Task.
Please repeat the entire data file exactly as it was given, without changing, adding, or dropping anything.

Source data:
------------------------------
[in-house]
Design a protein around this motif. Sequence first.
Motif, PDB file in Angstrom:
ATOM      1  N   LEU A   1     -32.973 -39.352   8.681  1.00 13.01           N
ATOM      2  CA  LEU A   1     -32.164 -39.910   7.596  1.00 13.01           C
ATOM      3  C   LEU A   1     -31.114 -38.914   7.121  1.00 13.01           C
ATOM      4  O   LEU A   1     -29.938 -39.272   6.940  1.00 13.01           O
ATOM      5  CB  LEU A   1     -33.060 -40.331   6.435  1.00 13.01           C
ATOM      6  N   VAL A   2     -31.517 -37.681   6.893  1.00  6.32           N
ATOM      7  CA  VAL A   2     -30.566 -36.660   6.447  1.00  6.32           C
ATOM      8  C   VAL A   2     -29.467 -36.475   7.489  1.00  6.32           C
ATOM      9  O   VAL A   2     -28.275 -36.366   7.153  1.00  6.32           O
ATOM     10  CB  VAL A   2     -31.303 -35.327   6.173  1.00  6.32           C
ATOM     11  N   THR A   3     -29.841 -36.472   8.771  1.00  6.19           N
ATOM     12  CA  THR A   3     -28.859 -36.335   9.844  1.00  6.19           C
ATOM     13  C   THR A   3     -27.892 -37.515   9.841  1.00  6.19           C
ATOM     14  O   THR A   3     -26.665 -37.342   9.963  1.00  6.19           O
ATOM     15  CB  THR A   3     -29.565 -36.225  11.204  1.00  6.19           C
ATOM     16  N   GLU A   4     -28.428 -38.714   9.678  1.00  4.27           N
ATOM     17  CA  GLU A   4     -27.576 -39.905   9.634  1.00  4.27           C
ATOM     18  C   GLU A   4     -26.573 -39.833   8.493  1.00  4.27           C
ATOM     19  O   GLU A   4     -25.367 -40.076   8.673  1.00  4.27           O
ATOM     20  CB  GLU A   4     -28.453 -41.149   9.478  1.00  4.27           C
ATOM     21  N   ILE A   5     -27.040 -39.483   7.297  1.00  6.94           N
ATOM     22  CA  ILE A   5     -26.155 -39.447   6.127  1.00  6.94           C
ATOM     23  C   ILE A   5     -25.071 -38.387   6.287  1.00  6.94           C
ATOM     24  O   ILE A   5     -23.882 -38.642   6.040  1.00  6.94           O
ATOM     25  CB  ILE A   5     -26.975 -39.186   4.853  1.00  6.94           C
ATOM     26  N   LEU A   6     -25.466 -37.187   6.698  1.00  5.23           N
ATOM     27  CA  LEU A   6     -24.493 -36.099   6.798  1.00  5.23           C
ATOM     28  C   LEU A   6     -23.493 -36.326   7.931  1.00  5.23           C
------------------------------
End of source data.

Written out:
[in-house]
Design a protein around this motif. Sequence first.
Motif, PDB file in Angstrom:
ATOM      1  N   LEU A   1     -32.973 -39.352   8.681  1.00 13.01           N
ATOM      2  CA  LEU A   1     -32.164 -39.910   7.596  1.00 13.01           C
ATOM      3  C   LEU A   1     -31.114 -38.914   7.121  1.00 13.01           C
ATOM      4  O   LEU A   1     -29.938 -39.272   6.940  1.00 13.01           O
ATOM      5  CB  LEU A   1     -33.060 -40.331   6.435  1.00 13.01           C
ATOM      6  N   VAL A   2     -31.517 -37.681   6.893  1.00  6.32           N
ATOM      7  CA  VAL A   2     -30.566 -36.660   6.447  1.00  6.32           C
ATOM      8  C   VAL A   2     -29.467 -36.475   7.489  1.00  6.32           C
ATOM      9  O   VAL A   2     -28.275 -36.366   7.153  1.00  6.32           O
ATOM     10  CB  VAL A   2     -31.303 -35.327   6.173  1.00  6.32           C
ATOM     11  N   THR A   3     -29.841 -36.472   8.771  1.00  6.19           N
ATOM     12  CA  THR A   3     -28.859 -36.335   9.844  1.00  6.19           C
ATOM     13  C   THR A   3     -27.892 -37.515   9.841  1.00  6.19           C
ATOM     14  O   THR A   3     -26.665 -37.342   9.963  1.00  6.19           O
ATOM     15  CB  THR A   3     -29.565 -36.225  11.204  1.00  6.19           C
ATOM     16  N   GLU A   4     -28.428 -38.714   9.678  1.00  4.27           N
ATOM     17  CA  GLU A   4     -27.576 -39.905   9.634  1.00  4.27           C
ATOM     18  C   GLU A   4     -26.573 -39.833   8.493  1.00  4.27           C
ATOM     19  O   GLU A   4     -25.367 -40.076   8.673  1.00  4.27           O
ATOM     20  CB  GLU A   4     -28.453 -41.149   9.478  1.00  4.27           C
ATOM     21  N   ILE A   5     -27.040 -39.483   7.297  1.00  6.94           N
ATOM     22  CA  ILE A   5     -26.155 -39.447   6.127  1.00  6.94           C
ATOM     23  C   ILE A   5     -25.071 -38.387   6.287  1.00  6.94           C
ATOM     24  O   ILE A   5     -23.882 -38.642   6.040  1.00  6.94           O
ATOM     25  CB  ILE A   5     -26.975 -39.186   4.853  1.00  6.94           C
ATOM     26  N   LEU A   6     -25.466 -37.187   6.698  1.00  5.23           N
ATOM     27  CA  LEU A   6     -24.493 -36.099   6.798  1.00  5.23           C
ATOM     28  C   LEU A   6     -23.493 -36.326   7.931  1.00  5.23           C